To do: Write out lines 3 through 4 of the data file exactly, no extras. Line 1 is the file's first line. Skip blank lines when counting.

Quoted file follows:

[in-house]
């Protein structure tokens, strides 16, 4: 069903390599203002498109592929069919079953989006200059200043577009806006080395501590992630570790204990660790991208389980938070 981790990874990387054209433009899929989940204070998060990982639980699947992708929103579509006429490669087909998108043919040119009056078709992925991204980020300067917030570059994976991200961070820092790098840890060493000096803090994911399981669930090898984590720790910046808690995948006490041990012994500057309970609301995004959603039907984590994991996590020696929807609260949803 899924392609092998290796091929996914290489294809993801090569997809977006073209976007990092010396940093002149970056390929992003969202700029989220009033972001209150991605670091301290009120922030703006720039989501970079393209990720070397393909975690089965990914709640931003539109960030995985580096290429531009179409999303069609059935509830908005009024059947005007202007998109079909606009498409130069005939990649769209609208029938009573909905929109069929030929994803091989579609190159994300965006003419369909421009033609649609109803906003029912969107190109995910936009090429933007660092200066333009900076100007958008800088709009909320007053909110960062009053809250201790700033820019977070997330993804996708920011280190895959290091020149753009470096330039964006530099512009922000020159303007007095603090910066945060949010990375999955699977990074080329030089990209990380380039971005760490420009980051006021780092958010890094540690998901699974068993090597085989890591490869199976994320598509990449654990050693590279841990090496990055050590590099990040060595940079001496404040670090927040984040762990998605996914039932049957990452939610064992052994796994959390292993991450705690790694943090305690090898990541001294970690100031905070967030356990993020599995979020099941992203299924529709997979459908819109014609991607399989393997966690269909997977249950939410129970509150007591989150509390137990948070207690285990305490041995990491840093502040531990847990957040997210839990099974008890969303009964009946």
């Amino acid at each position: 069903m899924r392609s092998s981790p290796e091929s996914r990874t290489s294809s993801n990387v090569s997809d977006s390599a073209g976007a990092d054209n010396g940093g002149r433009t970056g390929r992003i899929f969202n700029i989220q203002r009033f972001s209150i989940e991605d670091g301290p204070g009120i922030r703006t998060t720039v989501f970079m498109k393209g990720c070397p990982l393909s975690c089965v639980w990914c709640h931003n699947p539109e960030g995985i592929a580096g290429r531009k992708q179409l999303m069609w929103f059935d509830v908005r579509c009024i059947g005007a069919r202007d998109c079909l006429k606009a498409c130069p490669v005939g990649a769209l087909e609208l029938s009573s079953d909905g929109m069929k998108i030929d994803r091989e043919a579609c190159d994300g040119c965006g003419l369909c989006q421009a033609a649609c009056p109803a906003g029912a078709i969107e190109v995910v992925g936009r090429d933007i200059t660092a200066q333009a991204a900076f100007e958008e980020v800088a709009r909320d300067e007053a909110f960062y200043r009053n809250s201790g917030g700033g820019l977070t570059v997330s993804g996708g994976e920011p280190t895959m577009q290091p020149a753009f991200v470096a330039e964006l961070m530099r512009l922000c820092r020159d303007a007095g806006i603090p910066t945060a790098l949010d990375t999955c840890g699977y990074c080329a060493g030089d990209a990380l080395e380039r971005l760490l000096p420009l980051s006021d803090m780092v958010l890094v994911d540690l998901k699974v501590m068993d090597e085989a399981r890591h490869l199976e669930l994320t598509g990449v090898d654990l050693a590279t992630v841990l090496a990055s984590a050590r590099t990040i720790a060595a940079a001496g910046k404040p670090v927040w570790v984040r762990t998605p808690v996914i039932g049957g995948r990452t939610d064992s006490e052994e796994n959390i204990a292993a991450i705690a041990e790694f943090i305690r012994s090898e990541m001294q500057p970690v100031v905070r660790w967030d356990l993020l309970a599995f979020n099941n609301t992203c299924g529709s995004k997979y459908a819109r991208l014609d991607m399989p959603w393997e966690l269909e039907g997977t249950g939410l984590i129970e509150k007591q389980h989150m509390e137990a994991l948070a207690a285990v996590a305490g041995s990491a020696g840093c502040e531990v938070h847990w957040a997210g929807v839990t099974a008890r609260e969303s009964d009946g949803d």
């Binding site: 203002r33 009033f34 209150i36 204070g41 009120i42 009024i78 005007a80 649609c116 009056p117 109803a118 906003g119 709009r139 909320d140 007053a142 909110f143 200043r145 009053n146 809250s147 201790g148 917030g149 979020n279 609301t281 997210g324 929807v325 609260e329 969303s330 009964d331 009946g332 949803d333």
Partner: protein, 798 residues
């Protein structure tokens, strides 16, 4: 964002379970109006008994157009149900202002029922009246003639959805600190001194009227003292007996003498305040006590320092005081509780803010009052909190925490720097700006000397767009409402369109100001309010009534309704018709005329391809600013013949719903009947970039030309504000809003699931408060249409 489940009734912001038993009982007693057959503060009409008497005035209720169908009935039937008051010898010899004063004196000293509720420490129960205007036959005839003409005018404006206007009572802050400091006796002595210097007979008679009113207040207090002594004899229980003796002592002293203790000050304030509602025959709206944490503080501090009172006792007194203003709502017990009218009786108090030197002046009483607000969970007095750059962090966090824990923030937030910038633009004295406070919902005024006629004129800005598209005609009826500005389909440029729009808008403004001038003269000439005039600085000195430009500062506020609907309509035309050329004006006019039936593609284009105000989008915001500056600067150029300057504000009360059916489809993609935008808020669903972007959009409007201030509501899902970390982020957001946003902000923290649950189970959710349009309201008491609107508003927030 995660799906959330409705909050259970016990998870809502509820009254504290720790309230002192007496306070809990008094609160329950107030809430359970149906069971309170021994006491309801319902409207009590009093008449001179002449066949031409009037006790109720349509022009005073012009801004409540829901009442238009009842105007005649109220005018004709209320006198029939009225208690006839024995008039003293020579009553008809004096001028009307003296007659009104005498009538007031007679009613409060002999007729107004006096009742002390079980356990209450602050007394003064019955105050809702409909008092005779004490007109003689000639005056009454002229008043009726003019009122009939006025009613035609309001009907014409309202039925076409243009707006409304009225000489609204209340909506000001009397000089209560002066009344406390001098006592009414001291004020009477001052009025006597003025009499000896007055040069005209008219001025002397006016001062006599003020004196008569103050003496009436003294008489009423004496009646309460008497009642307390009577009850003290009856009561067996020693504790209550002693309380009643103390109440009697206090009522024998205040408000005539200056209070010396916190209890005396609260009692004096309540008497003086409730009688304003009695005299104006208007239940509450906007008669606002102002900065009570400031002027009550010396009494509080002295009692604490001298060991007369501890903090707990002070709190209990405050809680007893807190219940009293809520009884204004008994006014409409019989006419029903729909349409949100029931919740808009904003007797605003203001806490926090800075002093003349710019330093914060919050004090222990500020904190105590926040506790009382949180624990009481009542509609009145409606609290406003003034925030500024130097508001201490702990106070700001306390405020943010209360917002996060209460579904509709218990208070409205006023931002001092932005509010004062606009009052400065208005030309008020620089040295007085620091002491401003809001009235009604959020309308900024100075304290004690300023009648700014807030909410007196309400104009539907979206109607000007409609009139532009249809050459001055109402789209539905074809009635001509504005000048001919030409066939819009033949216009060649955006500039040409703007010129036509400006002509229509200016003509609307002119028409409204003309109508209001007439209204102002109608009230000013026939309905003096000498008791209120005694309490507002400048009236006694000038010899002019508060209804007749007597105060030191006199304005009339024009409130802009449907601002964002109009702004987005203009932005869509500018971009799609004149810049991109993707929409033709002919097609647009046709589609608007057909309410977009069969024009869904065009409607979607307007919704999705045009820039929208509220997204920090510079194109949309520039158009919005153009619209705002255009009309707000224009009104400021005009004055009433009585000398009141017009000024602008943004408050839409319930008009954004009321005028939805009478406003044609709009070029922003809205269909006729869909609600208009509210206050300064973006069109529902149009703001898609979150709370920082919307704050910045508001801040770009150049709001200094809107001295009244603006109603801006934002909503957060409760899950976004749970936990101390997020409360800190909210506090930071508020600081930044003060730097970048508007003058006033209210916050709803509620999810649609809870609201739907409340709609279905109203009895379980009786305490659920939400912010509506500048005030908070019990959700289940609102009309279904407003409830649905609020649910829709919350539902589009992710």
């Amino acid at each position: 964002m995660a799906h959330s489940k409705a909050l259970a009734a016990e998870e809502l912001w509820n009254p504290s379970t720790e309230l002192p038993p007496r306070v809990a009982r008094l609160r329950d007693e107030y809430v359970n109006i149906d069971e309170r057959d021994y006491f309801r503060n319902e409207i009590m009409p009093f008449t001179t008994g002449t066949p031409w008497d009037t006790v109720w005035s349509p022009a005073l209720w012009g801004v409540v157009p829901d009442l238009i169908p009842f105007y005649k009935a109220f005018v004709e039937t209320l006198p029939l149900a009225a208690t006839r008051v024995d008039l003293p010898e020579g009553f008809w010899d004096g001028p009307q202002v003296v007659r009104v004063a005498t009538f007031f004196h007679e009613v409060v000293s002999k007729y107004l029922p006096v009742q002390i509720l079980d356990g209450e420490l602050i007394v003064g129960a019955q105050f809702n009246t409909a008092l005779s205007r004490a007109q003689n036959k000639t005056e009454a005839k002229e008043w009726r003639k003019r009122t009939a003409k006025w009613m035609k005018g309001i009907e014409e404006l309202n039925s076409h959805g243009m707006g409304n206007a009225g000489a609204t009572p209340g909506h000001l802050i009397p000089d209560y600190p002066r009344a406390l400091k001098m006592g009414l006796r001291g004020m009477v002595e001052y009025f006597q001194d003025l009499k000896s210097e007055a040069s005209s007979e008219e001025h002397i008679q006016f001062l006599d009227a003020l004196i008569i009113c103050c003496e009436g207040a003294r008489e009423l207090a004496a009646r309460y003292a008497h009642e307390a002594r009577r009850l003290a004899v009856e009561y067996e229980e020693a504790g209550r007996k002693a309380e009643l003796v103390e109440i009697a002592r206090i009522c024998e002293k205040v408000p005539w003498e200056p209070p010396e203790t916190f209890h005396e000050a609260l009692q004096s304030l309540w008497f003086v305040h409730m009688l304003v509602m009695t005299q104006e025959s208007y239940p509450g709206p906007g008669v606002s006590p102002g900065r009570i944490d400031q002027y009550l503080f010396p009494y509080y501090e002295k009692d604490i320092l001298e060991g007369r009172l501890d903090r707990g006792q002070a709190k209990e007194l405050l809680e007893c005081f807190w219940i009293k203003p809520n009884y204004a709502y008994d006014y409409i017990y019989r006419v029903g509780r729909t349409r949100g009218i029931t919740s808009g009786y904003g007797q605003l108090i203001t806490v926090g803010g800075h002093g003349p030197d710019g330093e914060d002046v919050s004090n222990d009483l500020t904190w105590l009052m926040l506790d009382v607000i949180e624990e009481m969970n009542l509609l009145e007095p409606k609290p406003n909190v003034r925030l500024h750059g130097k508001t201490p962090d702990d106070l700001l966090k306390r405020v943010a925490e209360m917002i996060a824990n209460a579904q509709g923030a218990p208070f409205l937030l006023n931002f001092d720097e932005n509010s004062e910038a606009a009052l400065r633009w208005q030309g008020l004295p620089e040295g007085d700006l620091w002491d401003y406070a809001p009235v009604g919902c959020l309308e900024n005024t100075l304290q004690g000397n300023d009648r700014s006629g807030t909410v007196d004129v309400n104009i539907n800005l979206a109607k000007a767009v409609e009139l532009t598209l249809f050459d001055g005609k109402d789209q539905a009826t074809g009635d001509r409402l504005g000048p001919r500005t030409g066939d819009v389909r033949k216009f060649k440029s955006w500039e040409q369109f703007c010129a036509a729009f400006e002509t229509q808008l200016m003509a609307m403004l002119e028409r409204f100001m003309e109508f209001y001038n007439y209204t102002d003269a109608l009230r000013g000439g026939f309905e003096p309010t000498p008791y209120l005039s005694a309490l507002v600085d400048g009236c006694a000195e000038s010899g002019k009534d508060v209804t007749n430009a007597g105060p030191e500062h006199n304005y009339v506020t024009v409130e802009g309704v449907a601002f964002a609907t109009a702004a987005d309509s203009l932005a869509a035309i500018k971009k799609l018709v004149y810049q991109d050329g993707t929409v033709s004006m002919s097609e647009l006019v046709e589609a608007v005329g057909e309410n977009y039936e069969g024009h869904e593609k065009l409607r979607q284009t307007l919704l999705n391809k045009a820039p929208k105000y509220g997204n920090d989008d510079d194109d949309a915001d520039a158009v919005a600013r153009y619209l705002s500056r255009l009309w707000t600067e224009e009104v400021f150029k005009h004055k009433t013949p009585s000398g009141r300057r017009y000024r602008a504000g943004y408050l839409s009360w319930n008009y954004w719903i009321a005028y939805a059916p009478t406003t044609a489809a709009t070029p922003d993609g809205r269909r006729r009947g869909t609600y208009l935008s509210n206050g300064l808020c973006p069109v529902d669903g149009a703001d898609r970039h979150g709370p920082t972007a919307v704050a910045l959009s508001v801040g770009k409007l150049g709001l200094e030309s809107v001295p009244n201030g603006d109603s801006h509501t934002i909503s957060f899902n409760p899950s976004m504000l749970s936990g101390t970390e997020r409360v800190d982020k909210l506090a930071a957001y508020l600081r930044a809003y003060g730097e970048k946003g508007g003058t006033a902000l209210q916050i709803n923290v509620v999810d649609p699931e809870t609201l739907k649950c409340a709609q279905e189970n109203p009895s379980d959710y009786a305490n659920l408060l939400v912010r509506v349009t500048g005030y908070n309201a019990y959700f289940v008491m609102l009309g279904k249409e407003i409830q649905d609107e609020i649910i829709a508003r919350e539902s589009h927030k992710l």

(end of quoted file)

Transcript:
């Amino acid at each position: 069903m899924r392609s092998s981790p290796e091929s996914r990874t290489s294809s993801n990387v090569s997809d977006s390599a073209g976007a990092d054209n010396g940093g002149r433009t970056g390929r992003i899929f969202n700029i989220q203002r009033f972001s209150i989940e991605d670091g301290p204070g009120i922030r703006t998060t720039v989501f970079m498109k393209g990720c070397p990982l393909s975690c089965v639980w990914c709640h931003n699947p539109e960030g995985i592929a580096g290429r531009k992708q179409l999303m069609w929103f059935d509830v908005r579509c009024i059947g005007a069919r202007d998109c079909l006429k606009a498409c130069p490669v005939g990649a769209l087909e609208l029938s009573s079953d909905g929109m069929k998108i030929d994803r091989e043919a579609c190159d994300g040119c965006g003419l369909c989006q421009a033609a649609c009056p109803a906003g029912a078709i969107e190109v995910v992925g936009r090429d933007i200059t660092a200066q333009a991204a900076f100007e958008e980020v800088a709009r909320d300067e007053a909110f960062y200043r009053n809250s201790g917030g700033g820019l977070t570059v997330s993804g996708g994976e920011p280190t895959m577009q290091p020149a753009f991200v470096a330039e964006l961070m530099r512009l922000c820092r020159d303007a007095g806006i603090p910066t945060a790098l949010d990375t999955c840890g699977y990074c080329a060493g030089d990209a990380l080395e380039r971005l760490l000096p420009l980051s006021d803090m780092v958010l890094v994911d540690l998901k699974v501590m068993d090597e085989a399981r890591h490869l199976e669930l994320t598509g990449v090898d654990l050693a590279t992630v841990l090496a990055s984590a050590r590099t990040i720790a060595a940079a001496g910046k404040p670090v927040w570790v984040r762990t998605p808690v996914i039932g049957g995948r990452t939610d064992s006490e052994e796994n959390i204990a292993a991450i705690a041990e790694f943090i305690r012994s090898e990541m001294q500057p970690v100031v905070r660790w967030d356990l993020l309970a599995f979020n099941n609301t992203c299924g529709s995004k997979y459908a819109r991208l014609d991607m399989p959603w393997e966690l269909e039907g997977t249950g939410l984590i129970e509150k007591q389980h989150m509390e137990a994991l948070a207690a285990v996590a305490g041995s990491a020696g840093c502040e531990v938070h847990w957040a997210g929807v839990t099974a008890r609260e969303s009964d009946g949803d």
């Binding site: 203002r33 009033f34 209150i36 204070g41 009120i42 009024i78 005007a80 649609c116 009056p117 109803a118 906003g119 709009r139 909320d140 007053a142 909110f143 200043r145 009053n146 809250s147 201790g148 917030g149 979020n279 609301t281 997210g324 929807v325 609260e329 969303s330 009964d331 009946g332 949803d333």